Little is known of the early history of Sbeitla, although it was occupied by Numidians dating back to the 1st millennium BCE. A rich olive growing area, its wealth was soon recognised by the invading Romans, who built the city known as Sufetula.
When the Roman Empire divided in the 4th century CE, with the eastern, Greek speaking, half ruled from Byzantium, renamed Constantinople by Emperor Constantine, Sufetula was part of the Eastern Empire. During the 7th century when Muslim armies were approaching from the east splitting the Byzantine Empire in two, the local governor, Prefect Gregory, declared himself the Emperor of modern Tunisia. He made Sufetula his capital, but his rule however was short lived as he was defeated and killed a year later, one of the last bastions of xtianity in North Africa before Islamic dominance.
The site of the ruined Roman city at Sbeitla is quite large. At its central point is its walled forum, containing triple temples and accessed through an arched gateway. The triple arched gate is the Arch of Antonius Pius, built in 139 CE.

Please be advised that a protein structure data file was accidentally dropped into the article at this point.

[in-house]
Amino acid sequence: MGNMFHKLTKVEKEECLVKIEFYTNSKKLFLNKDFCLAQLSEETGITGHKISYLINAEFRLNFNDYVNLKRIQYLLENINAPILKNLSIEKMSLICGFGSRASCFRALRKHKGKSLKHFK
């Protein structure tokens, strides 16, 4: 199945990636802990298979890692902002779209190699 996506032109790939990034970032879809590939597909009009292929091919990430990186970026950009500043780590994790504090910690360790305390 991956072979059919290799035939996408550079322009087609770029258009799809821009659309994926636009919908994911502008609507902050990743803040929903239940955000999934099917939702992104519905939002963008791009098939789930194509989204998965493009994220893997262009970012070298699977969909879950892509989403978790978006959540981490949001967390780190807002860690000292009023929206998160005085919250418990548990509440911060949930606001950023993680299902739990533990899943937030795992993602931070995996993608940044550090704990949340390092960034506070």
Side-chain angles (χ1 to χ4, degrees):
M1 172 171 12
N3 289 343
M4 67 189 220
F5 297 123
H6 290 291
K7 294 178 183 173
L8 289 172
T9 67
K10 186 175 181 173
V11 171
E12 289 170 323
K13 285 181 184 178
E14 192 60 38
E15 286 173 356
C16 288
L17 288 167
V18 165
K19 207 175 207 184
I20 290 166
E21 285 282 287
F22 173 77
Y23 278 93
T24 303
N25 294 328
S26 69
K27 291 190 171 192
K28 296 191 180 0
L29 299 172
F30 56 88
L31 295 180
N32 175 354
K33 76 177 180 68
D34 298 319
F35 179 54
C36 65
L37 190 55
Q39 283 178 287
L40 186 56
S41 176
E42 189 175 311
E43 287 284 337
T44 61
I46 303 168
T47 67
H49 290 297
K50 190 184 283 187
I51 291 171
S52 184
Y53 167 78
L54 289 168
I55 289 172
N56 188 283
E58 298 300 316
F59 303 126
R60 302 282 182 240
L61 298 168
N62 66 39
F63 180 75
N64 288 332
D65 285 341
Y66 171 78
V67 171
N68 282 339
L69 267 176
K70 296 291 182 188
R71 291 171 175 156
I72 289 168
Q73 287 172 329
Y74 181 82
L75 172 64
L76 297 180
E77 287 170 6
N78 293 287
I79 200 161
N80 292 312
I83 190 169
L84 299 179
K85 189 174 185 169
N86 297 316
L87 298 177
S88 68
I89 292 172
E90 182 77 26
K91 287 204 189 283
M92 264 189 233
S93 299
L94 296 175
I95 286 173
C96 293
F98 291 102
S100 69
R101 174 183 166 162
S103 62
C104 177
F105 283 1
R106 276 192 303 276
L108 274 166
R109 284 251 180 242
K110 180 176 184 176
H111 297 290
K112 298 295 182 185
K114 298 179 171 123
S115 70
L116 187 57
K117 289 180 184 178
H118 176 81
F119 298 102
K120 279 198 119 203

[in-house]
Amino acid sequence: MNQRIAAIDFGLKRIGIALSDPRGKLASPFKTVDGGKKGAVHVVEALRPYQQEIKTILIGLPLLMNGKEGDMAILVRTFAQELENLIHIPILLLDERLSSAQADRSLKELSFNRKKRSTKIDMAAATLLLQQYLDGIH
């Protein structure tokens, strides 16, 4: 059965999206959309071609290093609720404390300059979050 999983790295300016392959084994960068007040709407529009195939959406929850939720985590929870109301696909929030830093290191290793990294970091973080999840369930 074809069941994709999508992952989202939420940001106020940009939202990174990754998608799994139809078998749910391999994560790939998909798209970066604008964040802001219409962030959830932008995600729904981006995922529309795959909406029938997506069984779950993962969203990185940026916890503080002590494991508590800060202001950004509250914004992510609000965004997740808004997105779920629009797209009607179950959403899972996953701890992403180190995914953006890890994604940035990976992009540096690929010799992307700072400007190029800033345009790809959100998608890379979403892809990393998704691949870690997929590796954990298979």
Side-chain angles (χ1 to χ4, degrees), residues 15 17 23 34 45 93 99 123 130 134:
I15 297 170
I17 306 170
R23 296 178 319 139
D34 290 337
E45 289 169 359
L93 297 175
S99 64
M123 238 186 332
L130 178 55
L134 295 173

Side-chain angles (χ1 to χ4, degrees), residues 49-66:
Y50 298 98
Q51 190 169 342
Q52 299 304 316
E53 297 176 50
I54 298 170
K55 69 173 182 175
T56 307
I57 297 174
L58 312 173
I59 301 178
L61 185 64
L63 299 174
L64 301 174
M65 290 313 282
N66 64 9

Through the arch is the impressive triple temples dedicated to the Roman trilogy of Jupiter, his wife the Goddess Juno and their daughter Minerva. The largest central temple, dedicated to Jupiter, supreme God of the Roman Pantheon, is in good condition. Unlike the flanking temples it has no staircase for access, admission being solely over bridges from the other two temples. This unusual arrangement for Pagan temples has xtian undertones of access to the supreme God only via intermediaries.
Sbeitla has a Great Baths complex dating back to the 3rd century CE. It consists of the standard Roman design of cold, tepid and warm baths, with hypocaust under-floor heating. Adjoining the baths is a gymnasia and palaestra, boxing and wrestling arena, where much of the mosaics remain intact, along with some renovation.
Sbeitla was one of the main centres of xtianity in North Africa prior to the arrival of Islam, and five churches are recognisable. The Church of St Servus was originally a Numidian temple before conversion into a baptistry with the addition of walls and an apse.
The Basilica of St Vitalis is of different design, as the 6th century circular baptistry, with an unusually shaped attractive mosaic basin, stands behind the apse of the church. Another baptistry basin is in the Basilica of Bellator, which pre dates the Vitalis by two centuries, the surrounding walls being a later addition.
The theatre, like most I have seen, is largely reconstructed, usually to allow use for modern productions.
Triumphal Arch of the Tetrarchy
Gate of Antoninus
The Triple Temples
Church of St Servus
The St Vitalis Baptistry Basin